This is a good sign for the international education sector as the feds have said for some time that the states, which are responsible for quarantine arrangements, need to drive the return.
However, an expression of interest is only that, without the full support of the NSW Chief Health Officer and CMM has no idea what Kerry Chant thinks about this EOI. Remember, it was the NSW Government that last year announced international students were a priority only to backtrack a week later (CMM 23 Nov 2020).
Secondly, Minister Tudge has been out and about, discussing the future of International Education via the launch of consultations for the “Australian Strategy for International Education 2021-2030”.
Studying the implications of the bureaucratic bumf, the key messages appear to be;
* welcoming students back as soon as the COVID-19 situation allows
It’s a very good point and one that has attracted much speculation. The sector has been crying out for government certainty as to when this may in the future plans but thus far its pleas have fallen on deaf ears.
* promoting diversity in International student populations
CMM takes this to mean “don’t rely on China.” While diversity is seen as key to sustainability, this is a case where a bird in the hand is really worth two in the bush. To expect institutions after a decade of diminishing government funding to give up on enrolments to satisfy diversity objectives may not be feasible. CMM is interested to see how this plays out.
* targeting international student enrolments towards future skills needs
CMM wonders if this is preparatory to linking higher education and migration, like the Kiwi’s and Canadians do (CMM 11 March 2021). It makes sense that international students who have invested in needed skills are given priority to use them in Australia. But tell that to the plethora of accounting qualified taxi drivers. The issue here isn’t at the front end, recruiting and educating students, it’s ensuring they are moving into the requisite skilled areas. Something federal and state sponsorship programmes have not done well.
* developing new delivery models
The traditional “on-shore” only model is going to get a shakeup. For institutions that already operate off-shore and on-line it will come as no surprise that diversifying and risk-managing resulting income streams should be a priority. While those dependant on largely on-shore students alone will now get a shock, not all is lost. This space provides opportunity according to the Melbourne Centre for the Study of Higher Education (CMM 4 Feb 2021) but it needs to be done well and there are still hurdles to address.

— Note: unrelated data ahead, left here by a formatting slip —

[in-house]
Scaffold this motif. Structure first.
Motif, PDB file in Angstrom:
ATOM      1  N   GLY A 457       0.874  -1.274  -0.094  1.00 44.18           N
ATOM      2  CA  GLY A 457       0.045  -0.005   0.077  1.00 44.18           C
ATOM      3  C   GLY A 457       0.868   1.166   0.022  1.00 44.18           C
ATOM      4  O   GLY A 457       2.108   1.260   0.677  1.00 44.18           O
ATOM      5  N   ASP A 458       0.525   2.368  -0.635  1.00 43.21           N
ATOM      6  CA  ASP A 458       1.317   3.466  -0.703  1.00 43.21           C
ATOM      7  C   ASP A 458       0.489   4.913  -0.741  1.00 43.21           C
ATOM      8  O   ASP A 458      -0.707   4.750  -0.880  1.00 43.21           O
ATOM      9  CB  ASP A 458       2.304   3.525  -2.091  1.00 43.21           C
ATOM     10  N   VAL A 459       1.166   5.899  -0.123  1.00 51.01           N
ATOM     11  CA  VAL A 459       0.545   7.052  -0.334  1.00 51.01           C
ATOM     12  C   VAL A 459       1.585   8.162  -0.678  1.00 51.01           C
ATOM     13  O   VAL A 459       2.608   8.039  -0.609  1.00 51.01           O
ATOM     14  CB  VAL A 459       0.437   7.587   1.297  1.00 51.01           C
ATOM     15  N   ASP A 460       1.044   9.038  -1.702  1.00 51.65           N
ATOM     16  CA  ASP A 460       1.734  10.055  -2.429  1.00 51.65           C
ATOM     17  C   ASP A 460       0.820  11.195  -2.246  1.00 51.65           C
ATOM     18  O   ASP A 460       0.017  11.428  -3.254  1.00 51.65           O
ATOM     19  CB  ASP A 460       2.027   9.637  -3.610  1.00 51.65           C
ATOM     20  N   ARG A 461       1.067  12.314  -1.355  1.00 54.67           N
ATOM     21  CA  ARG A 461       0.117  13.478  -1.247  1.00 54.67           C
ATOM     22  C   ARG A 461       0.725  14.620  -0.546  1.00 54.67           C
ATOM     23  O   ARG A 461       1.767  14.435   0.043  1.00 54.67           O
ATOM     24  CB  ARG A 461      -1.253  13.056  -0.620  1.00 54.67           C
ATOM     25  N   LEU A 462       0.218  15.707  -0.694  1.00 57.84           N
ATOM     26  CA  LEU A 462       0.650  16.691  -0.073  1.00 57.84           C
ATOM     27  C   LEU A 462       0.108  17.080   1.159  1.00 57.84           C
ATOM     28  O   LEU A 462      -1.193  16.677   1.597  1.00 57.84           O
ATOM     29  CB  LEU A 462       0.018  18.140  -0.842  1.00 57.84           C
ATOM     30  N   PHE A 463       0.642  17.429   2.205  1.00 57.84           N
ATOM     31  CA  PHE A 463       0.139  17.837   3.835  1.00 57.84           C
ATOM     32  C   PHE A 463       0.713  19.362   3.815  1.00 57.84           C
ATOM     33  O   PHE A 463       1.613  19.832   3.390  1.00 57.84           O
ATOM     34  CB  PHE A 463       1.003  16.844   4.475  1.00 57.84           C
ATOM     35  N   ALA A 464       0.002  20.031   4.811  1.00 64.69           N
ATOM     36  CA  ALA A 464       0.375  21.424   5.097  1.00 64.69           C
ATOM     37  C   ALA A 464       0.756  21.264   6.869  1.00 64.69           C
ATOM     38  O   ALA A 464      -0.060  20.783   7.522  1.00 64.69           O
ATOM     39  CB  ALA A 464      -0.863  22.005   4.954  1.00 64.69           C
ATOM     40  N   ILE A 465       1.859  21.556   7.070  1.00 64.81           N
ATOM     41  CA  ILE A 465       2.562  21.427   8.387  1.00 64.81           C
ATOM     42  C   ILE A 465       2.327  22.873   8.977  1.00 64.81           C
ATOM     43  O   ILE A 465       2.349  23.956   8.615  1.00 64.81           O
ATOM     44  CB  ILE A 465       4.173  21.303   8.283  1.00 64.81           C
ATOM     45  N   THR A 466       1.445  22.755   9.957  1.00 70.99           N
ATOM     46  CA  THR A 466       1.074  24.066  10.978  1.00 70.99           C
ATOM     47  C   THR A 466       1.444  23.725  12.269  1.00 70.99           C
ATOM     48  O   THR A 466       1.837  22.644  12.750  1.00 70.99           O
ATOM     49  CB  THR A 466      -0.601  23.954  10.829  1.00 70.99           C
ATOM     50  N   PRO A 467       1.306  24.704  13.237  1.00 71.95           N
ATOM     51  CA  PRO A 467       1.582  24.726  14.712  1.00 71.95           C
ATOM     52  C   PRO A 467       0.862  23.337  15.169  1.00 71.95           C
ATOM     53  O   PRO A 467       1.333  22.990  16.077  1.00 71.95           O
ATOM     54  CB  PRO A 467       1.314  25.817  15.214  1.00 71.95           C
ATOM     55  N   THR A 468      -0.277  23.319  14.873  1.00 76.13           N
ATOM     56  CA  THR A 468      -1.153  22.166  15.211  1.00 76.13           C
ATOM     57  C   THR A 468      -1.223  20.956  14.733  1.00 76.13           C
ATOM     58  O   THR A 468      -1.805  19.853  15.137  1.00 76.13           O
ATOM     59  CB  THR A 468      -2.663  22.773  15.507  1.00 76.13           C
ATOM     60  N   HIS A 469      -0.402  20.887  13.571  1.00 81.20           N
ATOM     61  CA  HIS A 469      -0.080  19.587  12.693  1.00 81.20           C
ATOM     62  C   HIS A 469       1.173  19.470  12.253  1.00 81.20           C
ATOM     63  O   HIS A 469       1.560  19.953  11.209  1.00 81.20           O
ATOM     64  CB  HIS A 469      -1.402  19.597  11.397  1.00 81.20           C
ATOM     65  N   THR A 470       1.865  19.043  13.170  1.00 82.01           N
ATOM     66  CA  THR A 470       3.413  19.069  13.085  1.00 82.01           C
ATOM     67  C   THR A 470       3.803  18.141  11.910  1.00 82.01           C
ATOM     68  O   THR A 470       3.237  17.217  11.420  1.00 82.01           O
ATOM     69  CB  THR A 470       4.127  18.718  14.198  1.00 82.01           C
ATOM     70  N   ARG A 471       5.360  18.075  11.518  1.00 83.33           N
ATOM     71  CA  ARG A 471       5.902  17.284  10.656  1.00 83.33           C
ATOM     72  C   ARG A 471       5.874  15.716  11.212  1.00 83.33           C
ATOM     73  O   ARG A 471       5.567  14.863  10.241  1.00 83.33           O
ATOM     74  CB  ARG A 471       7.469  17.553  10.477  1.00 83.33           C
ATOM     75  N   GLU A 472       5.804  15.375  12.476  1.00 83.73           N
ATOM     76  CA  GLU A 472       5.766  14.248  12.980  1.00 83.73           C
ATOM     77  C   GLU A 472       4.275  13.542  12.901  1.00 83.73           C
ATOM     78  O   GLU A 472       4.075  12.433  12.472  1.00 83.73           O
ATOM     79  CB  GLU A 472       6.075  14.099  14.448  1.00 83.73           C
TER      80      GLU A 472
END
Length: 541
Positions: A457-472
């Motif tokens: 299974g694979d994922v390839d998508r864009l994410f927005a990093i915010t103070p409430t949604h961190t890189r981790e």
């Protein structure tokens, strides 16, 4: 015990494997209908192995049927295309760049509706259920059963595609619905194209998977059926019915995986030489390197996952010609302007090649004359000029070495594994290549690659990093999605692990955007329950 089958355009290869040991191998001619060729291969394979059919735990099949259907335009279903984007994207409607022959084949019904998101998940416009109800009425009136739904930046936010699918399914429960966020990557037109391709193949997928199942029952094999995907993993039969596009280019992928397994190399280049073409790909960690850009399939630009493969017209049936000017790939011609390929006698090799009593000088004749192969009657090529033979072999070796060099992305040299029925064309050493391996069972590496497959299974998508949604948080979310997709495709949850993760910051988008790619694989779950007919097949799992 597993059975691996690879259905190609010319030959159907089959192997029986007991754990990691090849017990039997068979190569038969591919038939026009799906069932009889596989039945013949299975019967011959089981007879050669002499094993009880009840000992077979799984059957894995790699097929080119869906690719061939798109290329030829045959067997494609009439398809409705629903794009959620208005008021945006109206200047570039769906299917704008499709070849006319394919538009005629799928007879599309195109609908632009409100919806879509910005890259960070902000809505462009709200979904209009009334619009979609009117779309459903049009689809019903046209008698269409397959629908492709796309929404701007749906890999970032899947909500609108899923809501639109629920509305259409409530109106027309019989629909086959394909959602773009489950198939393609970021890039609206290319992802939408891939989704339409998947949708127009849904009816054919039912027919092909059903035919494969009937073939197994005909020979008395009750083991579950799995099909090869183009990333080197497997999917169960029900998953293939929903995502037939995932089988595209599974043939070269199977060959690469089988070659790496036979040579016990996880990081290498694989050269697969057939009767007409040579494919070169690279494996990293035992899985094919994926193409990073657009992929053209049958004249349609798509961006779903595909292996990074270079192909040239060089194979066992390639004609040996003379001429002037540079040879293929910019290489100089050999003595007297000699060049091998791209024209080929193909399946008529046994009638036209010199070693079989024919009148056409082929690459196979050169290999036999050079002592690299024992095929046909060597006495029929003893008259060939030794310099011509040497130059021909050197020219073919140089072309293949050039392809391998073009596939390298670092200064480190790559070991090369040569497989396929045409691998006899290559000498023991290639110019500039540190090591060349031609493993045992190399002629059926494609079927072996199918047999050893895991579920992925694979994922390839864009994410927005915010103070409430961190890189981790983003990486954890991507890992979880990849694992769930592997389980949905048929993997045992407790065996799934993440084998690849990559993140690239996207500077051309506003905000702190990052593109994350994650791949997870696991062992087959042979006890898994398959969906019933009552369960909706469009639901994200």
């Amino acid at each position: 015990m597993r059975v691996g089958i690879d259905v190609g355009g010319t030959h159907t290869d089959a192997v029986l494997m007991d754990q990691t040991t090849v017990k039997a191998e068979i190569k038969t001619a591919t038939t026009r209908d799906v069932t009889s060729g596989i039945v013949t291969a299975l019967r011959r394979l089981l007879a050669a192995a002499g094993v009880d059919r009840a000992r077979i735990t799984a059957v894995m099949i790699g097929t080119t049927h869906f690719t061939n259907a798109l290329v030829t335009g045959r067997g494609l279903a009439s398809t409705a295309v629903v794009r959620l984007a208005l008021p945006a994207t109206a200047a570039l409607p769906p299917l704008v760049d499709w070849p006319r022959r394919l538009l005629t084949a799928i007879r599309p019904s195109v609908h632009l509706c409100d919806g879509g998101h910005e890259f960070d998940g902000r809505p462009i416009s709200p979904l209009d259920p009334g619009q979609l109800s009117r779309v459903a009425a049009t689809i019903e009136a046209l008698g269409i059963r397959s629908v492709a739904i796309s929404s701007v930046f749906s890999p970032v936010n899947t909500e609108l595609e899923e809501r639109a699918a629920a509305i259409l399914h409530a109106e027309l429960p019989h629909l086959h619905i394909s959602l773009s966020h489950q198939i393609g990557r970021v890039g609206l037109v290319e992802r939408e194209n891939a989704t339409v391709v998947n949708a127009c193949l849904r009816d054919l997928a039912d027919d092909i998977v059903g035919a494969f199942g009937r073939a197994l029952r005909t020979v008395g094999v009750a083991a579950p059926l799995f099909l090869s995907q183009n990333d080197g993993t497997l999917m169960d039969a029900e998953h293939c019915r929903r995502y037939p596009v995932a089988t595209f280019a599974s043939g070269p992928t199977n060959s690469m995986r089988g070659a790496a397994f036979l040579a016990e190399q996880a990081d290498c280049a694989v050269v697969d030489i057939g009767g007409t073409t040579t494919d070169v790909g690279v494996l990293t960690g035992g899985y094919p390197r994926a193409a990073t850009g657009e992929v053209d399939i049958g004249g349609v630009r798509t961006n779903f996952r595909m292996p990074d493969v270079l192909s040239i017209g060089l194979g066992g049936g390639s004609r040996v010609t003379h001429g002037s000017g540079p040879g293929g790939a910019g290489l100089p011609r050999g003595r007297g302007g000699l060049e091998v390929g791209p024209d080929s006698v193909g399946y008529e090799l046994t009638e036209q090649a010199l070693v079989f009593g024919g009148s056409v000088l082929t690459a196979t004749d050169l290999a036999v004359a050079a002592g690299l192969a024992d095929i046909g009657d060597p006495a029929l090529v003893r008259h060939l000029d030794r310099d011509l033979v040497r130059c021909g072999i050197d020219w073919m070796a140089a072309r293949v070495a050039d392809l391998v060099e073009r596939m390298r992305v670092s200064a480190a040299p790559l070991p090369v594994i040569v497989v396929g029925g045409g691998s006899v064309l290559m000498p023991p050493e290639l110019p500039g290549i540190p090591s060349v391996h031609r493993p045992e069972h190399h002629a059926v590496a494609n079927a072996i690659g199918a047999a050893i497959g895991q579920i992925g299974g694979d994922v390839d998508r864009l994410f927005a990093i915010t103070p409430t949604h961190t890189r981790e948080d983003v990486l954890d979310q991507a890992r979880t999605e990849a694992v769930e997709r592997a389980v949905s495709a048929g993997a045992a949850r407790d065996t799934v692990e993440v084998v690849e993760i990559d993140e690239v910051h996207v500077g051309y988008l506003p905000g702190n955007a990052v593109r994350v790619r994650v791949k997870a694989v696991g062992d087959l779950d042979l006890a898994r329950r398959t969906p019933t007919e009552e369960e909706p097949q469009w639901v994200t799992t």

So, while the NSW government is publicly stating international students are important, there is no apparent implementation date. This, combined with Minister Tehan’s consultation process, means the road to recovery and certainty remain some way away.
It is, however, refreshing to see governments talking up international education and it is importance to our country and communities.
Dirk Mulder is CMM’s international education correspondent
First in, best parked at Uni Sydney
A petition complains staff are losing their spots to students
Uni Sydney is very pleased indeed with the new, $35m Susan Wakil Health Building, which “brings together health and medical disciplines together on the Camperdown/Darlington Campus.”
It also brings together plenty of people who want to park there, so many people that the Community and Public Sector Union has a petition for staff complaining about students “using the already under-sized parking facility” at Susan Wakil “as a 24-hours-a-day garage.”
The problem, the CSPSU suggests is a management decision, which “has recently opened up parking at the university to students, and at a cost lower than that for staff, which means there are potentially tens of thousands of students now competing for the spots where you used to park.”
Not you understand that the union is “anti-student,” “however, the university must reverse this decision and ensure that all future decisions regarding staff parking are made only in full consultation with staff.”
The CPSU says it has “asked many questions of the university” about staff parking but “to date we have had no response.”
So CMM asked Uni Sydney if the complaint about competition for places is correct on Tuesday afternoon, and late yesterday was referred to a price schedule. Students can buy an “all-times” main campus permit for $412 (presumably per annum) and staff get the same for $542.